A man named Fatih T. works at a factory in North Rhine-Westphalia, Germany. He began by saying that they were a little late in teaching German to their son Musa: "Because Musa was a hilarious boy. He used to amuse us with his impressions. He was such a good observer that he found out the weirdest things about us and our neighbors. He made us laugh to death. His Turkish was brilliant, but his German remained weak. But we thought he would learn it anyway since he is a smart kid."
But they had misjudged the teacher factor. When the boy started school, his teacher began to humiliate him due to his poor German. The boy was a quick learner, but the teacher did not have enough patience to wait for him, which is a familiar attitude.
Think of all the xenophobia and the undercover hatred directed at immigrants.
Fatih T. went on: "After a year, that funny and smart kid turned into a lifeless boy who was growing more bad-tempered day by day."
The rest of the story is predictable. The teacher told Musa's parents that their child had a learning difficulty and understood nothing that was said in class. His parents objected, since they knew their child better than the teacher. But the teacher kept insisting, going as far as to threaten them, and eventually convinced them that it would be better both for them and Musa if they accepted the offer.
Upon this, Musa started going to a Förderschule, a type of special needs school. Now, that funny boy who amused his parents with his impressions has disappeared. He does not talk at all, only staring blankly.
But in the very same year, on August 1, 2014, the Inclusion Law entered into force in Germany, which prescribed the education of disabled and non-disabled children under the same roof.
This law created hope for thousands of Turkish children like Musa. By making use of the new law, German families started to enroll their children in normal schools. However, families of Turkish origin who are in the same situation have come across many obstacles regarding this matter.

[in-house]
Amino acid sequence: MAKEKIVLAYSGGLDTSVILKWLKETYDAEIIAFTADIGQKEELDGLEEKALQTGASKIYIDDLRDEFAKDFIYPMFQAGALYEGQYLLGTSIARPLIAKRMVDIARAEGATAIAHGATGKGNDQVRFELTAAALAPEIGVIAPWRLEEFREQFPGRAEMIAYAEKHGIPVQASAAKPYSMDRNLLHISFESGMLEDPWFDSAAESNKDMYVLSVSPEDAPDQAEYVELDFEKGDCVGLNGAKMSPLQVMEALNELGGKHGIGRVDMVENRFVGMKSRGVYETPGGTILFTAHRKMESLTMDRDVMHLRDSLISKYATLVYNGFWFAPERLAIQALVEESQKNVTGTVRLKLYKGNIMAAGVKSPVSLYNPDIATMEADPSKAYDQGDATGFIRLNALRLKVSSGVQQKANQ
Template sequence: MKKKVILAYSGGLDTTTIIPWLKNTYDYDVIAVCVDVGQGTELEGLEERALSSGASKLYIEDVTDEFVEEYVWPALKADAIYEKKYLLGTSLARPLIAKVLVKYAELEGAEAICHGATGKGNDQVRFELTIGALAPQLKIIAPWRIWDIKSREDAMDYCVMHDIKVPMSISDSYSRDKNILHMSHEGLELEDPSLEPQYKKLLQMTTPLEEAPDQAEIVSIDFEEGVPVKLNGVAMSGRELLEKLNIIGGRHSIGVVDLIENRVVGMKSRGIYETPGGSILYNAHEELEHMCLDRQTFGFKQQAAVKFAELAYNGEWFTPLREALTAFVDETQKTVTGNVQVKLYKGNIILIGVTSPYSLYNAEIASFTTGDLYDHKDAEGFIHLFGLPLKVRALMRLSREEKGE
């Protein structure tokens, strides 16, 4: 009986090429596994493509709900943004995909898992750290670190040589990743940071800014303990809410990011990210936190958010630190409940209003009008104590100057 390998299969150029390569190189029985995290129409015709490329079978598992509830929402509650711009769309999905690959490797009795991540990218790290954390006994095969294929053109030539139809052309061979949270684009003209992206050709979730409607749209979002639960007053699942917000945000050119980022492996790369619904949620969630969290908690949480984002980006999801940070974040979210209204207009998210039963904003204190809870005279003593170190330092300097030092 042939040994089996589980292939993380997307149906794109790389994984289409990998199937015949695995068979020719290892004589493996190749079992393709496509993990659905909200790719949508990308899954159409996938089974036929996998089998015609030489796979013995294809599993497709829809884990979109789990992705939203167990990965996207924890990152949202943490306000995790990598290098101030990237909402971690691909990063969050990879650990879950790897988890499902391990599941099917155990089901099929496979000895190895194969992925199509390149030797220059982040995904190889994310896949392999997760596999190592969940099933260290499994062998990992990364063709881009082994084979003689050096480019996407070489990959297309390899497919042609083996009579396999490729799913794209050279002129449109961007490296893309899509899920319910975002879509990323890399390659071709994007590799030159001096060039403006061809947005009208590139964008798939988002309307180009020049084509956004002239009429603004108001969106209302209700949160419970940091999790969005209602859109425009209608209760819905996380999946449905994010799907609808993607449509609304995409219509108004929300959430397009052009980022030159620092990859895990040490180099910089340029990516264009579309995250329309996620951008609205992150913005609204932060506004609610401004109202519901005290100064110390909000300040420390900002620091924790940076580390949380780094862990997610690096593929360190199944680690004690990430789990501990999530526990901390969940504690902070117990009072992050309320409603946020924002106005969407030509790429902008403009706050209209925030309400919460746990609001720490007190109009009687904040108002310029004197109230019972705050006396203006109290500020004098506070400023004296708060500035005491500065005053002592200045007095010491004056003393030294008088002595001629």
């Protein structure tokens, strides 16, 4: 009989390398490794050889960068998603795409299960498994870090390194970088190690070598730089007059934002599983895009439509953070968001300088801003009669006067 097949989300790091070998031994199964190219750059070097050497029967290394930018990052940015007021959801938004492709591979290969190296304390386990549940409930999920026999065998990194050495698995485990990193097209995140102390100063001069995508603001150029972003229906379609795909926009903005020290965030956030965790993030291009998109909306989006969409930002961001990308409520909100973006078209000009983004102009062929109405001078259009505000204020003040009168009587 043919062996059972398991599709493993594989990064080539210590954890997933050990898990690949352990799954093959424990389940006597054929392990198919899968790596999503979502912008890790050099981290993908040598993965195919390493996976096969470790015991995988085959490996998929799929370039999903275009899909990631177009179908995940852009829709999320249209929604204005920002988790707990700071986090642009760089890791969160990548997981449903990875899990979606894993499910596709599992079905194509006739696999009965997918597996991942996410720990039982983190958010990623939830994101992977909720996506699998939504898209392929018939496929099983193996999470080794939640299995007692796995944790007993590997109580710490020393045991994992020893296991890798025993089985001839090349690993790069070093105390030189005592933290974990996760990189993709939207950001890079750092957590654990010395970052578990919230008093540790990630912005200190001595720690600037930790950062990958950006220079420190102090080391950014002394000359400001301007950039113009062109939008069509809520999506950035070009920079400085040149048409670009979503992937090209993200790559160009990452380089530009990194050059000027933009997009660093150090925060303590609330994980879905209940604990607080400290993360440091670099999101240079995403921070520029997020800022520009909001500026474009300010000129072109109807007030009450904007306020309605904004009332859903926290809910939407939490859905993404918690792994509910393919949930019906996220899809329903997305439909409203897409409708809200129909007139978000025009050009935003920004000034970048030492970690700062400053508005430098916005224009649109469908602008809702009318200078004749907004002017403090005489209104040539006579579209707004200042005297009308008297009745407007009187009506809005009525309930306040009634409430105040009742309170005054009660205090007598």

The strange part is that in order to prevent the closing-down of Förderschules that lost their students due to the law, primary school teachers began to exert an extra effort to transfer more Turkish-origin students to those schools.
Social pedagogue, Necla Demirci, who helps victimized families through her association Mittendrin, also underlined the impending danger:
"When we look at the recent figures, we see that the number of immigrant children of Turkish origin enrolled in these schools has gone up to 70 percent in some regions of Germany."
Demirci said this increase highly depends on some facts, including that Turkish-origin families do not know the details of the German education system, they are not well informed and they are not aware of their legal rights, since they comprise the most targeted and deceived sector of society.
"I have been working as a family counselor for a long time. About 90 percent of the families were made to sign some documents by being deceived, they were lied to, and in this way their children were sent to disabled children's schools," she said.
Yaşar Karaaslan, who works as a teacher in Germany, said he talked to the parents of two of his students in order to prevent their transfer to a Förderschule, but the other teachers made the parents sign some documents that obliged them to send their children to those schools.
The story of a parent named Gürsel Yıldız clearly illustrates what teachers who still have the mindset of 1940s can do.
"My 10-year-old brother was going to Godorf Primary School located in Cologne. There was nothing wrong with my brother. So when his teachers started to indicate that they wanted to send him to a disabled children's school, we objected to that. The teachers called us every single day for three weeks to persuade us. When we did not accept it, they invited my mother, whose German is not so good, to the school and made her sign some documents. In this way they at last managed to send my brother to a disabled children's school."
Although the Green Party North Rhine-Westphalia Deputy Arif Ünal has said that the rate of Turkish children enrolled in Förderschules has declined from 13 percent to 8.5 percent based on the figures announced by the Cologne Municipality, Demirci said these figures are misleading.
"As you know, every immigrant child born in Germany has been recorded as a German citizen since 2002. When we look at the statistics we can see them recorded as German citizens. Therefore the real numbers cannot be determined by statistical data."
Demirci regards the German education system as a caste system reminiscent of medieval times. Teachers are the coordinators of this caste system. They lead the immigrant children that they could not send to disabled children schools to Hauptschules – the lower secondary education schools available after the four-year primary education. In order to enter Realschules or Gymnasiums, which offer a faster education and prepare children to enter university, one is required to be German and must have parents working at higher professional levels.